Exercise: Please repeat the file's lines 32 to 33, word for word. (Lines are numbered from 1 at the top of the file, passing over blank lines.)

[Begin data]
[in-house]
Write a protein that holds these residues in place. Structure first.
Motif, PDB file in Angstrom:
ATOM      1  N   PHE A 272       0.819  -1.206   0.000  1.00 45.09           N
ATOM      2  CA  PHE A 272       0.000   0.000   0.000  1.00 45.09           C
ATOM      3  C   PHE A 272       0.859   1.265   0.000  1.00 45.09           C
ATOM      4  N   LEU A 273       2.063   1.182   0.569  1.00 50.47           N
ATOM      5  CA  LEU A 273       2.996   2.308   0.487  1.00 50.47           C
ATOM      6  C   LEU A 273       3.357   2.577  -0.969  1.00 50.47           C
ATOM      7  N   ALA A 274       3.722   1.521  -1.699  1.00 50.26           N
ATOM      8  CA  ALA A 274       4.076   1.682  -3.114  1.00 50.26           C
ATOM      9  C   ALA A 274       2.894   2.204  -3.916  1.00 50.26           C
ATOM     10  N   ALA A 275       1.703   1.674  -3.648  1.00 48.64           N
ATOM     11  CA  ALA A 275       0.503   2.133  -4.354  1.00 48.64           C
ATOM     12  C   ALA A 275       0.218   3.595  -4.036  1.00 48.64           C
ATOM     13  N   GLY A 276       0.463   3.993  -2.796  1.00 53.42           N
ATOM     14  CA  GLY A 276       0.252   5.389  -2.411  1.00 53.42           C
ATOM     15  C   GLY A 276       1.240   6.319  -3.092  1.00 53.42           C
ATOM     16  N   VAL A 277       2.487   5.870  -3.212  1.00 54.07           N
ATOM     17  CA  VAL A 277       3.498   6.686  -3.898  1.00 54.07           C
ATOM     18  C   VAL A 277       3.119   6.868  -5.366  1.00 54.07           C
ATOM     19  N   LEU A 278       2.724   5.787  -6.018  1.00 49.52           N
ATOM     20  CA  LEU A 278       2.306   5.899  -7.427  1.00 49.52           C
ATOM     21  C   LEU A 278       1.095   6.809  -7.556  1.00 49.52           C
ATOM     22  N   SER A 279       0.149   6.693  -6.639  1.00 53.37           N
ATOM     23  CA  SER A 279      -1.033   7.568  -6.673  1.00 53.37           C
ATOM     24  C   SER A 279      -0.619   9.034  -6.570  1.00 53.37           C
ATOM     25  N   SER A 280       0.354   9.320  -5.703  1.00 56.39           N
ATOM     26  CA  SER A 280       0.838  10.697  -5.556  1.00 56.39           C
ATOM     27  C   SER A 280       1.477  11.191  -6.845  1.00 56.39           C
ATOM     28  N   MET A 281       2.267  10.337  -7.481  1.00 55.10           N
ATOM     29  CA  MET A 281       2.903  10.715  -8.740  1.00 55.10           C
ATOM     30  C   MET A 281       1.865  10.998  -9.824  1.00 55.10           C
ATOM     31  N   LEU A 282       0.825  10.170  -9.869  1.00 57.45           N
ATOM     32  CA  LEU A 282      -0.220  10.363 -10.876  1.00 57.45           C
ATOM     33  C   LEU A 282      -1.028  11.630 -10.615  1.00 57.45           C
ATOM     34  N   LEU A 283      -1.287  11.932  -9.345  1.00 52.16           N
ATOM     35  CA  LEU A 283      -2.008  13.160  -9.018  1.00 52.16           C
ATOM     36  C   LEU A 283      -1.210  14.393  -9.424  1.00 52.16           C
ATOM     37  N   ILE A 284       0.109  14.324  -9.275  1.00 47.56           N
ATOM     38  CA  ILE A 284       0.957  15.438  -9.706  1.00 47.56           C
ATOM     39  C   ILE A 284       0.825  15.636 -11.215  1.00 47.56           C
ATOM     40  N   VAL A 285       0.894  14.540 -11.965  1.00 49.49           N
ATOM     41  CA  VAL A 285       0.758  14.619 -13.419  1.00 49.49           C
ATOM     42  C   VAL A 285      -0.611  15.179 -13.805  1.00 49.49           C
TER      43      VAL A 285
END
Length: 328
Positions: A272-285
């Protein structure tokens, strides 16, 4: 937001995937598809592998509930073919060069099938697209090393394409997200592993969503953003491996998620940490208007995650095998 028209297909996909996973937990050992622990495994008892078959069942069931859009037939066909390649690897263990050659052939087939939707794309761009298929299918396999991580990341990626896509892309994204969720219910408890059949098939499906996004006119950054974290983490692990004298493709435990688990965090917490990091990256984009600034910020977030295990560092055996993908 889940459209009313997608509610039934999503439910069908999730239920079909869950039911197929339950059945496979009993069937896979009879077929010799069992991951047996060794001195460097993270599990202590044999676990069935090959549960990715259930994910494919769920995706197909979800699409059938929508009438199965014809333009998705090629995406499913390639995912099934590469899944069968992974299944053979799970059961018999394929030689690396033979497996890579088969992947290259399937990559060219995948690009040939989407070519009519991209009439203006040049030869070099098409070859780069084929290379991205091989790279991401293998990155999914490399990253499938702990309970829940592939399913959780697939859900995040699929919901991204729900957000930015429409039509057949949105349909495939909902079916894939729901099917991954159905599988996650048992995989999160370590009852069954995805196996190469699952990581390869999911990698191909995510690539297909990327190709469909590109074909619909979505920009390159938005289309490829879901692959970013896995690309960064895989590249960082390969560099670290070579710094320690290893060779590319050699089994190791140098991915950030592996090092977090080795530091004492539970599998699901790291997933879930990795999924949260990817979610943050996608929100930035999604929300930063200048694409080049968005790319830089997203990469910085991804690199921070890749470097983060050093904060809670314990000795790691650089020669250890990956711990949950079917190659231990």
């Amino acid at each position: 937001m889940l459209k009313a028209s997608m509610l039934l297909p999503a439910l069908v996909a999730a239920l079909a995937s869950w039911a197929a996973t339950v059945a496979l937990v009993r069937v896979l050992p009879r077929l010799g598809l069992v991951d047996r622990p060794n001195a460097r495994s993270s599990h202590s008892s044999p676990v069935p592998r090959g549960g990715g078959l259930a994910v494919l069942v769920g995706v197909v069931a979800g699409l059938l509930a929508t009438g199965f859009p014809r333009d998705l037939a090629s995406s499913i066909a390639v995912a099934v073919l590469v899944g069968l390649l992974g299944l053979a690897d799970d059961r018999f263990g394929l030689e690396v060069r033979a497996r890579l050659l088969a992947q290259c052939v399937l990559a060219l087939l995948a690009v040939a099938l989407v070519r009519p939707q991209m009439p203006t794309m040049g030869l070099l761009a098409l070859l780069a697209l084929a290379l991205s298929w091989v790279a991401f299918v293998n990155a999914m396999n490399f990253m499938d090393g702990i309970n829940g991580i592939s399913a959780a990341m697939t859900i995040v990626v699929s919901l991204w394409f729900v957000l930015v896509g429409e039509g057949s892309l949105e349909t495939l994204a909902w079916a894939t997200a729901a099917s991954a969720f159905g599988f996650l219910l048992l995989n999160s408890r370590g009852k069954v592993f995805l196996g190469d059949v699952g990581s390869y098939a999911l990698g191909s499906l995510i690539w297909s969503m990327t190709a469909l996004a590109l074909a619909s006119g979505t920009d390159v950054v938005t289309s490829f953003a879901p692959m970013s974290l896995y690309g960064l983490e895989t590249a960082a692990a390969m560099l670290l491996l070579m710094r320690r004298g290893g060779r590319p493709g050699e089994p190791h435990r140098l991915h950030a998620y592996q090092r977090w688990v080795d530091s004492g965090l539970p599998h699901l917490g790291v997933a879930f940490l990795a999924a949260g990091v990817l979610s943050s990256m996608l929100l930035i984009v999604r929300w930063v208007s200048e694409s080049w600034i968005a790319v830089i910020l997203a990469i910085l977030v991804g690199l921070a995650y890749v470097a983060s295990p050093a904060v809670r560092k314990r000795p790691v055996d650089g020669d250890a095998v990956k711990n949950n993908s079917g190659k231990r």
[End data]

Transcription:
ATOM     29  CA  MET A 281       2.903  10.715  -8.740  1.00 55.10           C
ATOM     30  C   MET A 281       1.865  10.998  -9.824  1.00 55.10           C